...professionalism. Dealing with the people in the chain of publishing. You make your reputation in this business with everything you do, and editors talk to one another - you do the right thing once, it'll spread. You behave like a prima donna, that'll spread too. One of my editors told of a fellow who somehow managed to get THROUGH directly to her - not easy in today's cutthroat world! - and then, even more importantly, to catch her interest with a couple of sample chapters. She said she was interested in the MS. As soon as she suggested any changes, however, she got a letter from the author explaining why his writing was Holy Writ and could not be touched and was, as it stood, much better than anything that she had ever published before. She didn't publish him. It is doubtufl if any other editor to whom she might have mentioned this story would have made him an offer either. I am not saying you should simply fold on everything - but choose the battles you want to fight and make sure that if you choose to stand your ground on something you have ammunition to defend your decision - make sure yuo can explain WHY you want something to remain untocuhed. Editors will generally work with you, not against you. Hand in your work on time or ahead fo deadline, respond to questions asked of you in a timely and comprehensive manner, and then write the next book that that editor is likely to want to buy, particularly given that (s)he now knows that you are a professional who is easy to work with.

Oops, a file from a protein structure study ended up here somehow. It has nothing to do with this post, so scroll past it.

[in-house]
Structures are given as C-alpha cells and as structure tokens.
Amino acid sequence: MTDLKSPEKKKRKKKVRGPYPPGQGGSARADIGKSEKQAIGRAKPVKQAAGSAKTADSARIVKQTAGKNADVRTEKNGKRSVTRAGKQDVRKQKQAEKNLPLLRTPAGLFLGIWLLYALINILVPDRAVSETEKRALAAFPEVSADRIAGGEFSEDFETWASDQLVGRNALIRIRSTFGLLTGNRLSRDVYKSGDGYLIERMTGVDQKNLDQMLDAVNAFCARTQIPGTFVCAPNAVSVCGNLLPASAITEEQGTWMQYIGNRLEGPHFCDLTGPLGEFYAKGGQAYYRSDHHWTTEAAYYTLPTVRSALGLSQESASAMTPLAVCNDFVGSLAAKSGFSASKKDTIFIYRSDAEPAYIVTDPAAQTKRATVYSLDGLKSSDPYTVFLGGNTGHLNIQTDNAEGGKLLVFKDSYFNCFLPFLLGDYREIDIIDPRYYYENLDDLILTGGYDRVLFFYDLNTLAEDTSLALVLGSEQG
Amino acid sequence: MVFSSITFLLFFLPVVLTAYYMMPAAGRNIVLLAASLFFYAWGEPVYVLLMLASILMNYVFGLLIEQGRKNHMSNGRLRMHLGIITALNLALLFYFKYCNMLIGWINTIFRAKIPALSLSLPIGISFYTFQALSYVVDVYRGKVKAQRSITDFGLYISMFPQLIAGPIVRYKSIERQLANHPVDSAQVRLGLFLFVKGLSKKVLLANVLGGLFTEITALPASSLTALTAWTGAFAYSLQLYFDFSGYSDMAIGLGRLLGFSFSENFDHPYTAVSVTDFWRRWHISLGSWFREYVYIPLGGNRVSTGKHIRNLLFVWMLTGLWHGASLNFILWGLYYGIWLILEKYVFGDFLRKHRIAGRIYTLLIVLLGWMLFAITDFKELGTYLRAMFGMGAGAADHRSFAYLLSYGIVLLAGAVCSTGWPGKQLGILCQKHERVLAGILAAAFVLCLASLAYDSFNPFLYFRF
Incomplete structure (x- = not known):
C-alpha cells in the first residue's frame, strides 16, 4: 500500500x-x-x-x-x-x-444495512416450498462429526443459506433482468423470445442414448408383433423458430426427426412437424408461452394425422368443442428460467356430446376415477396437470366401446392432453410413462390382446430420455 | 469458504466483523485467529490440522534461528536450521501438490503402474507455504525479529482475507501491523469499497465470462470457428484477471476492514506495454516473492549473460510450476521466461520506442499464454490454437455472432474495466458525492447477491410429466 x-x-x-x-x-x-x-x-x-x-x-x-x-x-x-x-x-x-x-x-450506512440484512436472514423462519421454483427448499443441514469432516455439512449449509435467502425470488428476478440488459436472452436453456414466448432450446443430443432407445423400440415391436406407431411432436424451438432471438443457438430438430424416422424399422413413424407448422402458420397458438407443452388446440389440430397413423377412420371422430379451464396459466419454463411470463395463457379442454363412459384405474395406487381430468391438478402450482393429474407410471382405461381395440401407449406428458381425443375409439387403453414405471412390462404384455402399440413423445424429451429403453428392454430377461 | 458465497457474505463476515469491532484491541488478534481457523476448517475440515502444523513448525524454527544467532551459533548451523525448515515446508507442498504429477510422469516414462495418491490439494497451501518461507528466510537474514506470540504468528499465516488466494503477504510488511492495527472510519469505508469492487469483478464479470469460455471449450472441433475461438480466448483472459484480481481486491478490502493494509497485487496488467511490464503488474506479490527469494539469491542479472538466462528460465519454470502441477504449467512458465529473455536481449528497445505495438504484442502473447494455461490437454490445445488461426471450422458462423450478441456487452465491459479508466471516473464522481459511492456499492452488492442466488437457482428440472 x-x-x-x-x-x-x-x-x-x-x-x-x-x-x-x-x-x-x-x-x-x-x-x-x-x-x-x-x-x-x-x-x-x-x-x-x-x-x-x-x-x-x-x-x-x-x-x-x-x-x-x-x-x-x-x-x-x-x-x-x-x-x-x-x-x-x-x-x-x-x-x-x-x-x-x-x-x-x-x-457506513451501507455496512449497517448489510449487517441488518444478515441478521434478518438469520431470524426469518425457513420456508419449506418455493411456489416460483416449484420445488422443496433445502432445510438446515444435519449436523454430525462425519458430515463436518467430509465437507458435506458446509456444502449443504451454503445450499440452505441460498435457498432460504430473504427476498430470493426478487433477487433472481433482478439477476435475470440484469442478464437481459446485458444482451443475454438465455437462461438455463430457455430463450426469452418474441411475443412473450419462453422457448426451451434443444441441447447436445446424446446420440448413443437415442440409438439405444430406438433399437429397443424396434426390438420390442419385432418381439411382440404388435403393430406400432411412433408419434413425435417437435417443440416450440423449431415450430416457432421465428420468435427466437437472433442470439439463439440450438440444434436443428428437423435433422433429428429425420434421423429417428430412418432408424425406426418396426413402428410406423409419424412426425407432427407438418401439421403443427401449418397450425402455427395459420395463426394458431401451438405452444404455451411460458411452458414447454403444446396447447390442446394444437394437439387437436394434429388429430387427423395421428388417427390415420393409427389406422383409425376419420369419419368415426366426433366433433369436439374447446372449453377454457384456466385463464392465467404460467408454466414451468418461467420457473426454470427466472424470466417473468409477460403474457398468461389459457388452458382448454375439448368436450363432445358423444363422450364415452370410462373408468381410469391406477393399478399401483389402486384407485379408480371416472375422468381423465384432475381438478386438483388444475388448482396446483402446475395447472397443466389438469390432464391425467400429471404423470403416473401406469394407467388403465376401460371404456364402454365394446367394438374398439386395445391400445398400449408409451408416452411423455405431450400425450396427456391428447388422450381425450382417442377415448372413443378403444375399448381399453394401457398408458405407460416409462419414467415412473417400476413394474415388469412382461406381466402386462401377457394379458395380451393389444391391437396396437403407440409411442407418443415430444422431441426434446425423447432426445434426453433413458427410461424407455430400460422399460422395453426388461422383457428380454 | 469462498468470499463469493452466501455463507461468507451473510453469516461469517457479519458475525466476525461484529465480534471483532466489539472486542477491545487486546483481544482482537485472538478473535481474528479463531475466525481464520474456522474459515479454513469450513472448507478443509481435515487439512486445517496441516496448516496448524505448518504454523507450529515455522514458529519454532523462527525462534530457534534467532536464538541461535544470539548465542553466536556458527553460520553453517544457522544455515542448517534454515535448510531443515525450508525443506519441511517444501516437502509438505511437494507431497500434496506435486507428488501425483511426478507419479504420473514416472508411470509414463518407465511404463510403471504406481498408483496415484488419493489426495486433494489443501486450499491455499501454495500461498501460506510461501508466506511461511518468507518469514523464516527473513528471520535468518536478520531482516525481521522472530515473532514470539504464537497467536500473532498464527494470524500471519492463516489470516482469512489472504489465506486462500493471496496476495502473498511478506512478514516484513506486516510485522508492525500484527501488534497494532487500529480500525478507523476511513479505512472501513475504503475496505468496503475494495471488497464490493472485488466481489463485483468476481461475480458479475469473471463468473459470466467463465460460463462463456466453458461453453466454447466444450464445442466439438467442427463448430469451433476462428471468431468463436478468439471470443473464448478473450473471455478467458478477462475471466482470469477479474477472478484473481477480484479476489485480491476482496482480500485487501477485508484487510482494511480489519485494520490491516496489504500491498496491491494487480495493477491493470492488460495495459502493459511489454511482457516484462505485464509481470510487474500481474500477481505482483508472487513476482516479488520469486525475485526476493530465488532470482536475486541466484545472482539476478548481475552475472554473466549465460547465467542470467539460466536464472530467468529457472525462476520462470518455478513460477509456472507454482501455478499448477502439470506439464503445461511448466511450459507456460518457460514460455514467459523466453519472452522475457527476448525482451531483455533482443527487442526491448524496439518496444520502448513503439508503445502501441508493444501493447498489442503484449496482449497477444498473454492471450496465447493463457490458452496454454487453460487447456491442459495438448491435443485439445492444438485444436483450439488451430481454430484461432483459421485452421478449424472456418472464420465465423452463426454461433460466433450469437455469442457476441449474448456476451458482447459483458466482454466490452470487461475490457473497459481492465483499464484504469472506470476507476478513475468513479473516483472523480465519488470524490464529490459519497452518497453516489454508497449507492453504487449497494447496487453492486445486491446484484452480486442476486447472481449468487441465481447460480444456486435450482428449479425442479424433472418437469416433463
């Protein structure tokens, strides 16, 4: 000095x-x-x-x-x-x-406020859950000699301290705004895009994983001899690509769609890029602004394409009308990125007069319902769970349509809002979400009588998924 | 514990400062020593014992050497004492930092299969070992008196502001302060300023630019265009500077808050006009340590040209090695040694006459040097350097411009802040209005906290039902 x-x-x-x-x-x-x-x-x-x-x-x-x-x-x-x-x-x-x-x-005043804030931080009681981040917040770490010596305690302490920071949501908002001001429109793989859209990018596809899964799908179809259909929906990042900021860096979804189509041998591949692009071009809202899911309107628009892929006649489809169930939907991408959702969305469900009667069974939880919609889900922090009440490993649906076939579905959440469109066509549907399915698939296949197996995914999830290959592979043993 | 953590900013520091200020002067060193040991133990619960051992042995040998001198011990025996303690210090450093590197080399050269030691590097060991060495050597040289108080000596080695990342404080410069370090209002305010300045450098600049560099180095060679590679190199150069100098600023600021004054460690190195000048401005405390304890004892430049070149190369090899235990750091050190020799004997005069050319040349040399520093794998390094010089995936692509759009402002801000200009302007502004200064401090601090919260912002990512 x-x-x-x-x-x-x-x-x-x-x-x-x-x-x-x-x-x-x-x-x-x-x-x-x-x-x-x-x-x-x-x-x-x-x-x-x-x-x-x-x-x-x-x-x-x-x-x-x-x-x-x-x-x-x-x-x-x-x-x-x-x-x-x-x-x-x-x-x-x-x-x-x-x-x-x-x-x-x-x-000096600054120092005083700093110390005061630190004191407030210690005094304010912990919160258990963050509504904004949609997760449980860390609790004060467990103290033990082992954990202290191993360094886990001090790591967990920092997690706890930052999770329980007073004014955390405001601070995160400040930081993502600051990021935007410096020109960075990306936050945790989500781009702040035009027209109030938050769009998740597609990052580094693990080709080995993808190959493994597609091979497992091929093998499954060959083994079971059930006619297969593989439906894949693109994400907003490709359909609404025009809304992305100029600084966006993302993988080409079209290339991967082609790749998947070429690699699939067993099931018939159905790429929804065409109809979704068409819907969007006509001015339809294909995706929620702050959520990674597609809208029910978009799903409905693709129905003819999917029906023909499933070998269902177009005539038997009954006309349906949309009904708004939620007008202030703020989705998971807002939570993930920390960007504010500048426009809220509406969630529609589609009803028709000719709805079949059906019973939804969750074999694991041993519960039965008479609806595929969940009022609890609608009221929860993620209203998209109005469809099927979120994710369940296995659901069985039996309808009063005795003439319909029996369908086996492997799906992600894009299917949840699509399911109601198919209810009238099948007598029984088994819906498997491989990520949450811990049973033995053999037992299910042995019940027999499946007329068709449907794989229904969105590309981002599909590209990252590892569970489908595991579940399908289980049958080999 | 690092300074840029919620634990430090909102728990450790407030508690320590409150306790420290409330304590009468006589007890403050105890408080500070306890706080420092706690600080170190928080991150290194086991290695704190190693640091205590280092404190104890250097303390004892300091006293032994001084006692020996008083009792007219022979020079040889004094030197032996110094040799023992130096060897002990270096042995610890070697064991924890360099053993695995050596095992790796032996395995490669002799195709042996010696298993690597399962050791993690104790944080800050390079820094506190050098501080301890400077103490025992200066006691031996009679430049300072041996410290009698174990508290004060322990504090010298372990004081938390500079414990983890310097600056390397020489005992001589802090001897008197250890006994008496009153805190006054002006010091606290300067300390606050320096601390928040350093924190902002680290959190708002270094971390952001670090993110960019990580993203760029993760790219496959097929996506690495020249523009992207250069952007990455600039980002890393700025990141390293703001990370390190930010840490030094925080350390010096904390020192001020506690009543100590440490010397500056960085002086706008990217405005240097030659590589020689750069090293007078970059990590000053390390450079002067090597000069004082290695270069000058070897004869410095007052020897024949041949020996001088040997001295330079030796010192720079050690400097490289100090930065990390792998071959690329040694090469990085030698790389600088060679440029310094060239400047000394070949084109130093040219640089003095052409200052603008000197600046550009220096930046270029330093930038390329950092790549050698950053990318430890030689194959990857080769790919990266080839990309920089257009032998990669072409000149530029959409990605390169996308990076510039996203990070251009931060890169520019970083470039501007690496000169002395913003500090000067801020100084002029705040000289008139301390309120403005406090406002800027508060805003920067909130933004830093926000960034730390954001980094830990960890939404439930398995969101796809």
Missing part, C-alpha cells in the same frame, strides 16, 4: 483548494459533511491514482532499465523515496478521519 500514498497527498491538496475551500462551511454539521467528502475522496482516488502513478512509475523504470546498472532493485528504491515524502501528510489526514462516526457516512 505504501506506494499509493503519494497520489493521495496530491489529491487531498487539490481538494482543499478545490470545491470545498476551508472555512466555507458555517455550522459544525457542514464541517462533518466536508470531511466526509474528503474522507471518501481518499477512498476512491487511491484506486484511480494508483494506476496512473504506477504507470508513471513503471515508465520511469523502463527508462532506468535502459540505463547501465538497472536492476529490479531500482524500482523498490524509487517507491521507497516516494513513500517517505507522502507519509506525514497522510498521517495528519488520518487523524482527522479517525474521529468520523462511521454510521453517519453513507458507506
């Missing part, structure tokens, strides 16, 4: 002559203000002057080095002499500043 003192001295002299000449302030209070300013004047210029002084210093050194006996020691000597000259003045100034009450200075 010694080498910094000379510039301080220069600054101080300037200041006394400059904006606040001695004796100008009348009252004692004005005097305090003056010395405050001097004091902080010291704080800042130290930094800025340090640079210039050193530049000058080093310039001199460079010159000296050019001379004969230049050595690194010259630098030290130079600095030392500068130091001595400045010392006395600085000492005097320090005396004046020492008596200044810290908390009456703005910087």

...Basic social skills required to do even the most rudimentary of publicity. You WILL be asked to help with it. It isn't all in the publisher's court. You have to know how to be polite, how to smile, how to talk to a bookseller, a colleague, a fan. A little of this goes a long way. You also have to learn that being friendly and even pro-active does NOT mean being obnoxious, that talking on no other topic than yourself gets old really fast, and that you will sell more books by being an interesting human being. Of course, when you're rich and famous and have a huge following you are free to cultivate a curmudhgeonly reputation and are expected, even encouraged, to occasionally put both feet in your mouth when quoted in public. But in the beginning... be kind. Be nice. Be polite. Be friendly. And cultivate being interesting.

...stick-to-it-iveness. The ability to push throught the thorn thickets, and come out the other side - scratched and bleeding, perhaps, but proud of your scars. There will be vales of tears. They are no easier for that they are expected, but they may be more endurable that way. Faith manages, as Lennier in Babylon 5 once said - and faith - in yuourself, your work, the people who help you publish your work and the people who read it - will get you through in the end.

Write. Accept critique from qualified persons. Be kind to others. Believe.
Tags: cogitations, writing, writing life